This is behind Paul’s teaching to the Corinthians, that our bodies are to be a temple for the Holy Spirit. God takes what is ordinary, our natural bodies, but when the Holy Spirit dwells in us, we are available for God to use us in ways we might not have thought possible. When God created human beings in the first place God shaped us from ordinary dirt and dust. Can you get much more ordinary than dirt and dust? But when God breathed his own breath, the Holy Spirit into that ordinary body made of the basics of the natural world, that body came to life and also became a temple for God’s Spirit, set apart for a holy purpose and for a holy relationship with God.
God uses other ordinary stuff when we share in the sacred meal of Holy Communion. God blesses the bread made from flour growing in the earth and juice from the fruit of the vine and uses it as a reminder to us we are forgiven, that we are community, that we live in communion with one another and with God, that we are so precious to God that Jesus gave his own body and blood to show us the extent to which God would go to redeem and reclaim us.
But when Jesus and the disciples prepared and gathered for that Last Supper from which we take our Holy Communion, they were there for an older worship tradition, the Passover. The meal was prepared and shared according to the ancient Law given to Moses and recorded in Leviticus. This meal used not only unleavened bread and wine but also salt water, greens, bitter herbs, charoset, and a sacrificed lamb to remind them of their bitter slavery in Egypt and what lengths God went to in order to set them free. Physical foods represent spiritual truths.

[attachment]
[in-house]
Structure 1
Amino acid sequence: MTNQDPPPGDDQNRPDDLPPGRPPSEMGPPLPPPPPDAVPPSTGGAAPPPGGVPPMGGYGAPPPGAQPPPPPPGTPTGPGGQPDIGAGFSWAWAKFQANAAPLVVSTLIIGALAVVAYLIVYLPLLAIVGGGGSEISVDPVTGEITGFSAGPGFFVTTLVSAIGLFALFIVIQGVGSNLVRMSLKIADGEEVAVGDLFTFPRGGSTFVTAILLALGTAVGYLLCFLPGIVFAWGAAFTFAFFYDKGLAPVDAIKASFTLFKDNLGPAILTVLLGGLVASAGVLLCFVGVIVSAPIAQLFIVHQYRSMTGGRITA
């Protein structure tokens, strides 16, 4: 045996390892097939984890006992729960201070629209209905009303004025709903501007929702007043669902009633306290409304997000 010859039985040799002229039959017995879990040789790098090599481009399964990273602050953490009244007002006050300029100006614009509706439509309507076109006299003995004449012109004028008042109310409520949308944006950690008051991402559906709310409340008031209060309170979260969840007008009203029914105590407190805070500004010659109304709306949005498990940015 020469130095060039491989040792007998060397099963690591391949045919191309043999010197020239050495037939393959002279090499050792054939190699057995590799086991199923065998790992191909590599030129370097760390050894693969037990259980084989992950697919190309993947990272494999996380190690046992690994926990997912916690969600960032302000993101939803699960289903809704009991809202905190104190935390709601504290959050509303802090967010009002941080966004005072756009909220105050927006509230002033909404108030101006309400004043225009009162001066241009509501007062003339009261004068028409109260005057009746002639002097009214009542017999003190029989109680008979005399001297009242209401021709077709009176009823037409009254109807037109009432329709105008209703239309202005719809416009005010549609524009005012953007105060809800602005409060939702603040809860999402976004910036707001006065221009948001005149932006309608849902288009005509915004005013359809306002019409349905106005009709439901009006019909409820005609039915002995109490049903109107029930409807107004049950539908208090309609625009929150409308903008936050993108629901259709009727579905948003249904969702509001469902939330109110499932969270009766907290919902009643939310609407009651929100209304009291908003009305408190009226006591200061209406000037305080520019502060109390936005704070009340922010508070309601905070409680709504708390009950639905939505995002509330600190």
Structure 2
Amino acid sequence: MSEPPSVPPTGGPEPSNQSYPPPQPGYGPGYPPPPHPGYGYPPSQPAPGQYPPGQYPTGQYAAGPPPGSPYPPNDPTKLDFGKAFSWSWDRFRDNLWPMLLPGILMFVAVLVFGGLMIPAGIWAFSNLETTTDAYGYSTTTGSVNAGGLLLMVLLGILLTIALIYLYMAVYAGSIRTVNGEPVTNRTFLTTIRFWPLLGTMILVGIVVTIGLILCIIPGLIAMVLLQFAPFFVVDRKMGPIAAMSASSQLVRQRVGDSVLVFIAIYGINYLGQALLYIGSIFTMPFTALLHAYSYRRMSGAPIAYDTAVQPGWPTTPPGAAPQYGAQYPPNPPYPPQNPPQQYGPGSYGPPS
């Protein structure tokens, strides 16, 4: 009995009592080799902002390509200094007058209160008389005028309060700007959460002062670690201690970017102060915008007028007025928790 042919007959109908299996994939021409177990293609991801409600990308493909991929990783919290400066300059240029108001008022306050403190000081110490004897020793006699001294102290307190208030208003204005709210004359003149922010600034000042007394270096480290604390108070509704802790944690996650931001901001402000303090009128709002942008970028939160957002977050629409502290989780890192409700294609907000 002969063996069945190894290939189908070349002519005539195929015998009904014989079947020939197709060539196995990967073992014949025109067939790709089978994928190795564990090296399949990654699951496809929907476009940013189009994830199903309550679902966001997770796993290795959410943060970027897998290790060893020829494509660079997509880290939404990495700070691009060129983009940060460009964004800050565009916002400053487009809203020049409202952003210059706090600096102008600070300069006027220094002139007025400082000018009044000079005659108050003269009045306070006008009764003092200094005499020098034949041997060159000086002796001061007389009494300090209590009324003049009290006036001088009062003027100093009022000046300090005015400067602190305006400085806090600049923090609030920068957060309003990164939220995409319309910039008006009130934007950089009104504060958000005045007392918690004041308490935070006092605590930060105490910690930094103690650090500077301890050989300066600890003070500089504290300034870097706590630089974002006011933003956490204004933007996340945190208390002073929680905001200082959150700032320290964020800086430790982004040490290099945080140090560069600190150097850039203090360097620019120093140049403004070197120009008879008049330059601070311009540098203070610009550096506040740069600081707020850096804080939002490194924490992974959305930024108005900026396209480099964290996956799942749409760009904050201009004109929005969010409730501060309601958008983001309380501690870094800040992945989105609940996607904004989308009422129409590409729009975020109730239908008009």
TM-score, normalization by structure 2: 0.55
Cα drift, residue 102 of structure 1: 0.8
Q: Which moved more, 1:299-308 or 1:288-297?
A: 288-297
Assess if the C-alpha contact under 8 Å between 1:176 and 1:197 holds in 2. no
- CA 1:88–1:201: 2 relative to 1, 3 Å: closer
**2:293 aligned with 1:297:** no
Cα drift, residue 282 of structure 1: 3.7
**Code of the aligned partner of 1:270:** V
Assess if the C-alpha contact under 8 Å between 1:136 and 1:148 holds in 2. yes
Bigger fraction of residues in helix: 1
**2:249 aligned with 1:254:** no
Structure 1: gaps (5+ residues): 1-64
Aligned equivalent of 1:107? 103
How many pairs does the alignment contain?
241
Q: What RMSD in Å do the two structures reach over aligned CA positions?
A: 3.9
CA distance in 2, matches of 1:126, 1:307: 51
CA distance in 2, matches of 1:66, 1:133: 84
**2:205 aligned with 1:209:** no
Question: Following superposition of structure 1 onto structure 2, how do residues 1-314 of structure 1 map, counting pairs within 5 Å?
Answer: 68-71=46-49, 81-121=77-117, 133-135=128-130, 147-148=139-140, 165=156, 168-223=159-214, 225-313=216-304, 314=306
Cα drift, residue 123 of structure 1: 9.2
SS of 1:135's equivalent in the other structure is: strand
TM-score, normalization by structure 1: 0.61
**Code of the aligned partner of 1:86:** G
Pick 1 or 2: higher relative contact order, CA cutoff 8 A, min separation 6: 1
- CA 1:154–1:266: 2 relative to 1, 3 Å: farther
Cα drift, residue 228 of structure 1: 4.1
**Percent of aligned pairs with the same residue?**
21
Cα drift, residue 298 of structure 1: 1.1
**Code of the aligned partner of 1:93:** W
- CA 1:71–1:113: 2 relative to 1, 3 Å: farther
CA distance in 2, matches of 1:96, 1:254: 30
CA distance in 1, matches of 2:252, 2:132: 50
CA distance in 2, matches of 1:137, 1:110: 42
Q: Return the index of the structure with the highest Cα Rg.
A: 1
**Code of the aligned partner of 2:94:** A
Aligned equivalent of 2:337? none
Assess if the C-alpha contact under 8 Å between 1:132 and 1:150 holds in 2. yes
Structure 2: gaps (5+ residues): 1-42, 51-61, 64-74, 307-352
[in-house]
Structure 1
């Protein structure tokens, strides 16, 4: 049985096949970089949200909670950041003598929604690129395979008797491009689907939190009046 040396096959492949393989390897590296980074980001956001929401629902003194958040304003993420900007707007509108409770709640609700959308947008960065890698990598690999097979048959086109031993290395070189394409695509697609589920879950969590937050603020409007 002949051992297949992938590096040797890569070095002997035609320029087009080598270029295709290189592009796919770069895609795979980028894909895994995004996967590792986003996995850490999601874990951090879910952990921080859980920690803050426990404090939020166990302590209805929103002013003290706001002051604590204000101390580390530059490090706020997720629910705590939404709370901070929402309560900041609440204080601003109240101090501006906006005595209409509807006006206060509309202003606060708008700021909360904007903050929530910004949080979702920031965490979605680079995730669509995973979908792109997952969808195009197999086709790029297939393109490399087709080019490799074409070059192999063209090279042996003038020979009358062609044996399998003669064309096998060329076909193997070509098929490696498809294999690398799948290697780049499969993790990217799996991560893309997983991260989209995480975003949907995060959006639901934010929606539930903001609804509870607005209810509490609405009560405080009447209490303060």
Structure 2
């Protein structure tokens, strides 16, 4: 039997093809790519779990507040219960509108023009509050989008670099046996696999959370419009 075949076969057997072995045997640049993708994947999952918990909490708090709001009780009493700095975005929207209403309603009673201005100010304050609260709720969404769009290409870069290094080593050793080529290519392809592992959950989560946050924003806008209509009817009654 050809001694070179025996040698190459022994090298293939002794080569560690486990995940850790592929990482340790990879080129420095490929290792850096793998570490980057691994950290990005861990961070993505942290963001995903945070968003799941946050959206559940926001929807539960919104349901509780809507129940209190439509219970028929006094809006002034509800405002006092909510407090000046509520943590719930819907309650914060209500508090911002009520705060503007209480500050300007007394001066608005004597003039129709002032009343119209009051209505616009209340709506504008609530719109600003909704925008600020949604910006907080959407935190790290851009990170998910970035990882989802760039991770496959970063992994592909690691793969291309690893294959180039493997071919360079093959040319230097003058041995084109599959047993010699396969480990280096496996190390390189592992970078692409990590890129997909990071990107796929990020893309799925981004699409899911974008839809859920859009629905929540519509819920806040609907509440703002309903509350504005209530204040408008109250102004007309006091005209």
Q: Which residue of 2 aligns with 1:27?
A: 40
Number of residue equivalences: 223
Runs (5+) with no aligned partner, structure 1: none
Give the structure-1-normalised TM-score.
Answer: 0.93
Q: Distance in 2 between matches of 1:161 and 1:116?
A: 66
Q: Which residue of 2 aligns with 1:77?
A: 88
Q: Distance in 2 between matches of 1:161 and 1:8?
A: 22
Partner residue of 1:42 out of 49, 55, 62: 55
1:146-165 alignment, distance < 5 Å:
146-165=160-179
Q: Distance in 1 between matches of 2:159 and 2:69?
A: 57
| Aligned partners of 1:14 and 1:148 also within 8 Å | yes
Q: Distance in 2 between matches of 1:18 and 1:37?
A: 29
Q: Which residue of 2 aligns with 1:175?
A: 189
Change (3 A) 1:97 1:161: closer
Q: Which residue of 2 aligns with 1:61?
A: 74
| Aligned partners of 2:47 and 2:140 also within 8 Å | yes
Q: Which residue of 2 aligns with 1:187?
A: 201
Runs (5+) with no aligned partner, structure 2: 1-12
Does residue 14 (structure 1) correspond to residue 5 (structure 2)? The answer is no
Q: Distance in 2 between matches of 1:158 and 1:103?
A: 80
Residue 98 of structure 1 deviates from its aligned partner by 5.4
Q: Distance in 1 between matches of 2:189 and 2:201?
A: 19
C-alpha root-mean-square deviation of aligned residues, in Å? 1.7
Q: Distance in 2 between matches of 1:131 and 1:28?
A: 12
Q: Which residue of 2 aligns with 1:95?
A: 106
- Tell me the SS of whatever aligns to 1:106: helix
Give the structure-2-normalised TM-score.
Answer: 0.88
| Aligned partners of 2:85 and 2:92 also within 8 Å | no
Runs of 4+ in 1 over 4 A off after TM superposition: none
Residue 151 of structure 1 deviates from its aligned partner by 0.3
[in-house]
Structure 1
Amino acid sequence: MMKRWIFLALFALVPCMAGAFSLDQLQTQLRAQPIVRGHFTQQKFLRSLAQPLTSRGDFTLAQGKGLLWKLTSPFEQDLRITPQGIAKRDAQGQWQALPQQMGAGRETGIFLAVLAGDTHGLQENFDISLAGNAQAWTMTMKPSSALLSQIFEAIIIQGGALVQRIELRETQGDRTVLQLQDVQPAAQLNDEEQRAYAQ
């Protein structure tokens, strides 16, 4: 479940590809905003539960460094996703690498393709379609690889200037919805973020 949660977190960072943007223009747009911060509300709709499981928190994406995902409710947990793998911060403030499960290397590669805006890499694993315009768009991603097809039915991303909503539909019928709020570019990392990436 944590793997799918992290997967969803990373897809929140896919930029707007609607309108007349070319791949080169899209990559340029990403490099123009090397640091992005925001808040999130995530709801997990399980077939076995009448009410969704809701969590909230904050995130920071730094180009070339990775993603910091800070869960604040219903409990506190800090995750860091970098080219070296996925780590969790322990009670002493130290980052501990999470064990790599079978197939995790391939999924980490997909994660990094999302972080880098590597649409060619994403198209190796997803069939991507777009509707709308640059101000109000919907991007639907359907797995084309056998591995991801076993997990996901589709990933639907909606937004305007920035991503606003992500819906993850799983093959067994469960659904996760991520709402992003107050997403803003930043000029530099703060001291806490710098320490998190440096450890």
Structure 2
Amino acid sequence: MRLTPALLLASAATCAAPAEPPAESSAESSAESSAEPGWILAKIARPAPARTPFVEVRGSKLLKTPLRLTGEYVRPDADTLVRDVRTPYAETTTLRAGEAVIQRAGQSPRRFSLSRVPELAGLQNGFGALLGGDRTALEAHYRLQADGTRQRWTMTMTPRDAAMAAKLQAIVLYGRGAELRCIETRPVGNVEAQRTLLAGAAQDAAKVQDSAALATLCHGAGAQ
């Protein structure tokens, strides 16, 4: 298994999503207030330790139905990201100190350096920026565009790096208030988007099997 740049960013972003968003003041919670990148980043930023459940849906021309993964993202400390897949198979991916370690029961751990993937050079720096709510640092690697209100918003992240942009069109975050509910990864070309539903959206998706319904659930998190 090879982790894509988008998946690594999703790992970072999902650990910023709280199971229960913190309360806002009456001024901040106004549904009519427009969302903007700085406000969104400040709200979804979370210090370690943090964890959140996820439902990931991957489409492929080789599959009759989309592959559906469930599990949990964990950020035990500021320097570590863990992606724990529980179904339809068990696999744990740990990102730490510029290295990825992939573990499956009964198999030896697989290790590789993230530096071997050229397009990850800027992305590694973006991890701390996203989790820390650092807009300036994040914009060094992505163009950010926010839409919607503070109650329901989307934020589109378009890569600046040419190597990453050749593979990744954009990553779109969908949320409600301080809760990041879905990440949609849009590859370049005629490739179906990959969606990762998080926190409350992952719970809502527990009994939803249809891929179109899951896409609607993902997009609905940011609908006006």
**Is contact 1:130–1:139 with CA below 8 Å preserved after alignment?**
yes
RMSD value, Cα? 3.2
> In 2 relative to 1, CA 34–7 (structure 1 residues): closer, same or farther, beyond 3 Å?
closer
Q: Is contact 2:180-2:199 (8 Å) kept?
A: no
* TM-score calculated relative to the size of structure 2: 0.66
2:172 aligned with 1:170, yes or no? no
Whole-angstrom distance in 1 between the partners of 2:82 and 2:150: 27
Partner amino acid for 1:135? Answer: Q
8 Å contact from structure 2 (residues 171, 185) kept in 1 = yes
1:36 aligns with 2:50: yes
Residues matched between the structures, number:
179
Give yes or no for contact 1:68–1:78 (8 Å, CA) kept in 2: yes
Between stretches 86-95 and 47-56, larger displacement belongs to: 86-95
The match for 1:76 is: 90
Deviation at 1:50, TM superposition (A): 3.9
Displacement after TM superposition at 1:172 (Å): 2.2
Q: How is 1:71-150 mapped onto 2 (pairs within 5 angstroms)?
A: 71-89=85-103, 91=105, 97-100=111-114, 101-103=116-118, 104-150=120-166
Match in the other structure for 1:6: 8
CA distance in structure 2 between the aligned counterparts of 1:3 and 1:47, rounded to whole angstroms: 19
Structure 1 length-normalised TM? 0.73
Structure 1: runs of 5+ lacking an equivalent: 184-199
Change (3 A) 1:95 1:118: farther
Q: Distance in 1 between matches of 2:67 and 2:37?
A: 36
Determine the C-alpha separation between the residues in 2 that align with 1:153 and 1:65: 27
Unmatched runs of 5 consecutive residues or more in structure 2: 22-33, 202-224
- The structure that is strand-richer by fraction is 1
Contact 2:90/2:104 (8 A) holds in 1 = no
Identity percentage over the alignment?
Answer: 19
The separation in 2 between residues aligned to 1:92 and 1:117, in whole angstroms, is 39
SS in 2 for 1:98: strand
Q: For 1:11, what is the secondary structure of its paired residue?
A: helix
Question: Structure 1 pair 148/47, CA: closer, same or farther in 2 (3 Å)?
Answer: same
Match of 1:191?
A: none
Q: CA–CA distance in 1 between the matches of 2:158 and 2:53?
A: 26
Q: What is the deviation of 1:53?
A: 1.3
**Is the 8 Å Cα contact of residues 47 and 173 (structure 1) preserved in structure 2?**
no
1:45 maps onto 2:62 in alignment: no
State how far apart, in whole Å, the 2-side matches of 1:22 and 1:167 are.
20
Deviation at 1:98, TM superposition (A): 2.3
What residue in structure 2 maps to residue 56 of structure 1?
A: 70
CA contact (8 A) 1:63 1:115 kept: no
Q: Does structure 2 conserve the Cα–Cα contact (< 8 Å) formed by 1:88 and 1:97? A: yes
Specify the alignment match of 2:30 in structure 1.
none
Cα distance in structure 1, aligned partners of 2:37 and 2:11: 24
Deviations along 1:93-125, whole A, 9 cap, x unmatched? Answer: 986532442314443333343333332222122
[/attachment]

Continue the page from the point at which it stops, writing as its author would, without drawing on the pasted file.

Kalas writes, “Our worship of God is necessarily both physical and spiritual…Not for God’s sake, but for ours. In the worship guidelines of the Law, the Lord meets us where we are, for you and I are both physical and spiritual.” (p. 98) Think about it; God who is Spirit even came to meet us taking on a physical body in Jesus. In worship and in life, God meets us where we are, because on our own we cannot meet God as God is.
Taking a closer look at some of the worship laws in Leviticus, I turned to George Knight’s commentary on Leviticus in the Daily Study Bible Series. He begins his comments on Chapter 24 by reminding us, “Symbolism is very important to faith. God is Spirit; man is merely creature.” (p. 145) Among the symbols that were part of their worship were lamps filled with oil and kept burning by the priests representing God’s presence as light and twelve loaves of bread together with incense representing the twelve tribes of Israel and their offerings to the Lord. Again God was using ordinary stuff and giving it a deeper meaning in worship.